We’ve renamed Microsoft Cloud App Security. It’s now called Microsoft Defender for Cloud Apps. In the coming weeks, we’ll update the screenshots and instructions here and in related pages. For more information about the change, see this announcement. To learn more about the recent renaming of Microsoft security services, see the Microsoft Ignite Security blog.

Azure is an IaaS provider that enables your organization to host and manage their entire workloads in the cloud. Along with the benefits of leveraging infrastructure in the cloud, your organization’s most critical assets may be exposed to threats. Exposed assets include storage instances with potentially sensitive information, compute resources that operate some of your most critical applications, ports, and virtual private networks that enable access to your organization.

Connecting Azure to Defender for Cloud Apps helps you secure your assets and detect potential threats by monitoring administrative and sign-in activities, notifying on possible brute force attacks, malicious use of a privileged user account, and unusual deletions of VMs.

Main threats

  • Abuse of cloud resources
  • Compromised accounts and insider threats
  • Data leakage
  • Resource misconfiguration and insufficient access control

How Defender for Cloud Apps helps to protect your environment

Control Azure with built-in policies and policy templates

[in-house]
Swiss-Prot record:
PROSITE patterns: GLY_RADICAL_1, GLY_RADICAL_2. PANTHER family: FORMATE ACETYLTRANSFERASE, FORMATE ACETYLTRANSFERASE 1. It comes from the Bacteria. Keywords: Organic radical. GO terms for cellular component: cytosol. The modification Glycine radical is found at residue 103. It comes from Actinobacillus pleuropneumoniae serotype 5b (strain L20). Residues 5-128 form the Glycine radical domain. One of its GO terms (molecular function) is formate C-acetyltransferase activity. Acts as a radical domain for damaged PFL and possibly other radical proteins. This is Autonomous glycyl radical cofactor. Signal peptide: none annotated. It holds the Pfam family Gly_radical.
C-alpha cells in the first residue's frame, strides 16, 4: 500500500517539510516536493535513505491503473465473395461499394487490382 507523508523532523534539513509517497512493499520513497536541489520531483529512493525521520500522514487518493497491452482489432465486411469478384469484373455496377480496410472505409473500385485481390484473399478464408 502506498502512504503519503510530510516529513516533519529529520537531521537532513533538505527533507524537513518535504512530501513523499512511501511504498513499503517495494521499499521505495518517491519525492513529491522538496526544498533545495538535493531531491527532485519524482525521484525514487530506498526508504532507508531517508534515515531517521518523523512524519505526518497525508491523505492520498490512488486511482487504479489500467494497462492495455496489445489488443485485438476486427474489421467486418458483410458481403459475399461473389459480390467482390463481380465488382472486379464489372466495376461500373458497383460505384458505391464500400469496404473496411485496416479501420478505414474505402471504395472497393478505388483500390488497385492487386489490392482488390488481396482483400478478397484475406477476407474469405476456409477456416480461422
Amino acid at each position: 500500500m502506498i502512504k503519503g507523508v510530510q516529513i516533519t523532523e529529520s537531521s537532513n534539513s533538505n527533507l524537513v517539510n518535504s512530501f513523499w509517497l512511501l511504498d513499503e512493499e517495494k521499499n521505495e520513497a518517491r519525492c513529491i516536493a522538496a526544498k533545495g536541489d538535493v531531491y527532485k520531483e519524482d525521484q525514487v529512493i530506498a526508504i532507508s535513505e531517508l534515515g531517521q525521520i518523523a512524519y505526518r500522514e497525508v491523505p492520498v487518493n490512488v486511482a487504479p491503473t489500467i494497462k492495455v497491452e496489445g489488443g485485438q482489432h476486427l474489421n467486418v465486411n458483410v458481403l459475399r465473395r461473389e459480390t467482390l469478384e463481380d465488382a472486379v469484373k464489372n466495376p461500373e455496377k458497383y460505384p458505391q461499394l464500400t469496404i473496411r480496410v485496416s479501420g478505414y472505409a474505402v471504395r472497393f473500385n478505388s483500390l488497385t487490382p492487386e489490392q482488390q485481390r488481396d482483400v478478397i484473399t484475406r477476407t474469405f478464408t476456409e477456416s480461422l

You can use the following built-in policy templates to detect and notify you about potential threats:

For more information about creating policies, see Create a policy.

Security Recommendations

Defender for Cloud Apps provides a tenant-level view of your Azure platform, listing security recommendations of all Azure subscriptions in the tenant. You can use out-of-the-box Azure security recommendations for over 100 Azure resources against the Azure Security Benchmark, as well as custom recommendations. Out-of-the-box recommendations include the following resource types: virtual machines, identity and access, data and storage, compute and apps, networks, containers, and app services.

You should continuously review the security recommendations to assess and evaluate the current status of your platform’s security posture and identify important configuration gaps. Then, you should create a plan to mitigate the issues in your Azure platform.

For more information, see the Azure recommendations guide and Azure security recommendations.

Automate governance controls

In addition to monitoring for potential threats, you can apply and automate the following Azure governance actions to remediate detected threats:

Type Action
User governance – Notify user on alert (via Azure AD)
– Require user to sign in again (via Azure AD)
– Suspend user (via Azure AD)

For more information about remediating threats from apps, see Governing connected apps.

Protect Azure in real time

Review our best practices for securing and collaborating with external users and blocking and protecting the download of sensitive data to unmanaged or risky devices.

Source : Official Microsoft Brand
Editor by : BEST Antivirus KBS Team

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